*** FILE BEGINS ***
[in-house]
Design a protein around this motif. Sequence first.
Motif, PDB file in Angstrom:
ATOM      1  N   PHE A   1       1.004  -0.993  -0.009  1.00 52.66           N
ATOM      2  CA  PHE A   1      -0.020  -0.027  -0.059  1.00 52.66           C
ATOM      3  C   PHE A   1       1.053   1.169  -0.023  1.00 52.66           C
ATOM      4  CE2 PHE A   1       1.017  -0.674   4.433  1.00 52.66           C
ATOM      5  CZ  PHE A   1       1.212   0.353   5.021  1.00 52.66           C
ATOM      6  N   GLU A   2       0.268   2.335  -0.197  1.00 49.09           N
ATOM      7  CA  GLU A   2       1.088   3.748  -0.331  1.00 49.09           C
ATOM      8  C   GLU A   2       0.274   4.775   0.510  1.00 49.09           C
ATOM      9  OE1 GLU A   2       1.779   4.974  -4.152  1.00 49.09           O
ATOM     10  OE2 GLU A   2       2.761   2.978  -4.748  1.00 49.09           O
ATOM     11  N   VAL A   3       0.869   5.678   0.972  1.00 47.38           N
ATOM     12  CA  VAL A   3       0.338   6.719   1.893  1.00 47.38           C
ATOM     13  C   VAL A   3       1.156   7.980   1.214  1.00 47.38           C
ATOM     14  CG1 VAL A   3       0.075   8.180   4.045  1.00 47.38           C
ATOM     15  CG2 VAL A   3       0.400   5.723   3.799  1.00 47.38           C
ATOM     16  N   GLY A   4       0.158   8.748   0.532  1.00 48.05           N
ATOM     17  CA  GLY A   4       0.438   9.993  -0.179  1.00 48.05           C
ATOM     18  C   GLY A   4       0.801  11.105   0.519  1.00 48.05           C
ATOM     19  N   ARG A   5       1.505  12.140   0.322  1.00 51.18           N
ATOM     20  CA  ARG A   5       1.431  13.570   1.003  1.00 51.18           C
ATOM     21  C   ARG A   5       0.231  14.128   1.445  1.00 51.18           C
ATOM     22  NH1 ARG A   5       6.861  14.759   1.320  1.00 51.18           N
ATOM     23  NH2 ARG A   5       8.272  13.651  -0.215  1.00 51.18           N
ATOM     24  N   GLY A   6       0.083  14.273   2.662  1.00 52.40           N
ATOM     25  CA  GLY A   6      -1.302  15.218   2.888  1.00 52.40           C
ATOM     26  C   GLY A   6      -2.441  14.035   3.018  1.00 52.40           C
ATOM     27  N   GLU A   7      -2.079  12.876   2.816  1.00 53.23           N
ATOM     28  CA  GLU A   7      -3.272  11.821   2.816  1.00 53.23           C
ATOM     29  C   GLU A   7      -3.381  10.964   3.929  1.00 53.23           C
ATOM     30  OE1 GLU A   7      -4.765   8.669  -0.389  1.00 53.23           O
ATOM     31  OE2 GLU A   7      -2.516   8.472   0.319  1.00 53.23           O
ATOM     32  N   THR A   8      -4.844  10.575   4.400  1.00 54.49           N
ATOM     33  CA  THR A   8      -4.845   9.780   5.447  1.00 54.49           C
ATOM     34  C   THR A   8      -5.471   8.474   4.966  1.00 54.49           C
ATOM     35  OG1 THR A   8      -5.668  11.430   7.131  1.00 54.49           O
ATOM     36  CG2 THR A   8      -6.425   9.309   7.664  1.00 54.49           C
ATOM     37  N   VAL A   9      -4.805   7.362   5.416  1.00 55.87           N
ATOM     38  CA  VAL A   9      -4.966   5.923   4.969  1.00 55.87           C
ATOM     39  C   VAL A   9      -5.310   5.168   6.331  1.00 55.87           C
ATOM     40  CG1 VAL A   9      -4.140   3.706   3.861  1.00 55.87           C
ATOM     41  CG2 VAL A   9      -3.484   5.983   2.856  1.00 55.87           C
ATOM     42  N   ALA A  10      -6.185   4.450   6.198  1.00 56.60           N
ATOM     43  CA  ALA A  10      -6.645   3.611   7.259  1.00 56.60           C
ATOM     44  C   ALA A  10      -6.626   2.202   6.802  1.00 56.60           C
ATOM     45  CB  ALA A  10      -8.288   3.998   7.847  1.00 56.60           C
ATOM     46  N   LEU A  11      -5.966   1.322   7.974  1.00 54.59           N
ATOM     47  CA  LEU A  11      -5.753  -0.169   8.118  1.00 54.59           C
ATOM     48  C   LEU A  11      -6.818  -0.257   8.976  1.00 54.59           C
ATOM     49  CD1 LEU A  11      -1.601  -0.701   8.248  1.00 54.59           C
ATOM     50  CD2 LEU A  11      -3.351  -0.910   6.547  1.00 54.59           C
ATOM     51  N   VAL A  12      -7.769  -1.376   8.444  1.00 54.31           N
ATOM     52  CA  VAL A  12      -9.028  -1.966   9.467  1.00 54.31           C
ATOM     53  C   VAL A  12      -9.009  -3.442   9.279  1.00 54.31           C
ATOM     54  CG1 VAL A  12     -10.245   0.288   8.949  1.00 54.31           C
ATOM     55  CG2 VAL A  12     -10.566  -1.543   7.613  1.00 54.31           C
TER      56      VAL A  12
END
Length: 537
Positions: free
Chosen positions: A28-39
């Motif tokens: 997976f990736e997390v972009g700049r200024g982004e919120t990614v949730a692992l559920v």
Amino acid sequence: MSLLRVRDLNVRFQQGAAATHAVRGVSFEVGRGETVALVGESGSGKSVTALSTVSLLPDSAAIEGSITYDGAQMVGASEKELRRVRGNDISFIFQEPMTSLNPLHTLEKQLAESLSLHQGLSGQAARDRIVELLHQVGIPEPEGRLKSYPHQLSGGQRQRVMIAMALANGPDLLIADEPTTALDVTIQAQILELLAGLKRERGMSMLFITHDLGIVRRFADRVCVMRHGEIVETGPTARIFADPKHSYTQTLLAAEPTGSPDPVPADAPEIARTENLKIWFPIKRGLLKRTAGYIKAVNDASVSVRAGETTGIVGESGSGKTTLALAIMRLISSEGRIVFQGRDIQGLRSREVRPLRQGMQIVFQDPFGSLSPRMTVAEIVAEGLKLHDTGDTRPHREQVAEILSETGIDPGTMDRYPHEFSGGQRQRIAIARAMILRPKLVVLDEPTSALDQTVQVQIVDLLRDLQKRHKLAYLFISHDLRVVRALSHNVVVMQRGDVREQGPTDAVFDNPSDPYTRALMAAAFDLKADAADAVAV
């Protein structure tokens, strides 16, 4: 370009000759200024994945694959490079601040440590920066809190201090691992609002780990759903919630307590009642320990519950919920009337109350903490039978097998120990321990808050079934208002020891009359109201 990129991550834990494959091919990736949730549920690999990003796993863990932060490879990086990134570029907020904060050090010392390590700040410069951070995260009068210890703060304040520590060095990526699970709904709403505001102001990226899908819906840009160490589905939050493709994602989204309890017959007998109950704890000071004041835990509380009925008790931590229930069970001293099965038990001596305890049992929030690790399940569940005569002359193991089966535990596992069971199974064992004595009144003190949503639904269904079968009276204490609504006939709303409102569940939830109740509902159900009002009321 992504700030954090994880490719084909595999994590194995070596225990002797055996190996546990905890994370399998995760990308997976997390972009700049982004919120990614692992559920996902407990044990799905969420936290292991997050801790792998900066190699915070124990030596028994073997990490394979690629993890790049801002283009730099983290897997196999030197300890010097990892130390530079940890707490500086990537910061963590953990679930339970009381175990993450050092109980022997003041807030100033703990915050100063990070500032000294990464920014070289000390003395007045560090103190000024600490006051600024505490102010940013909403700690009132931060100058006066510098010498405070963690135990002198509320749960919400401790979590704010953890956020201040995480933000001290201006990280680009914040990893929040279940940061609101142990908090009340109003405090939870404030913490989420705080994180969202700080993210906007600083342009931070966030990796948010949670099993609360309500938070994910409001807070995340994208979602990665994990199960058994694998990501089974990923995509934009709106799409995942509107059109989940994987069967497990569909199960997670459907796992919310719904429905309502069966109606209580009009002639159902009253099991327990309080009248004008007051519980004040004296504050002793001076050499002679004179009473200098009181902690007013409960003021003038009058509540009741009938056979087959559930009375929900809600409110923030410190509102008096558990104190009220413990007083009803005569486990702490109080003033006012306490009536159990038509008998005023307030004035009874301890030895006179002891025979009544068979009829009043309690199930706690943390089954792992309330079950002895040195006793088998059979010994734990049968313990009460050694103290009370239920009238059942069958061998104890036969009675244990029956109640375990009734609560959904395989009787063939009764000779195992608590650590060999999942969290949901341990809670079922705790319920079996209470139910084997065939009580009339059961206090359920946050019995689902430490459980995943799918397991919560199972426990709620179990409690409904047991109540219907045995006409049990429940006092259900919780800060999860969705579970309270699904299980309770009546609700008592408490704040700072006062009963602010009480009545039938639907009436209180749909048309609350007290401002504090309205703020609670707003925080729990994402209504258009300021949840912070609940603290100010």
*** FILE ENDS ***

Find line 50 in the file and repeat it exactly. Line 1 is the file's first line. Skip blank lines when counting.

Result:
ATOM     47  CA  LEU A  11      -5.753  -0.169   8.118  1.00 54.59           C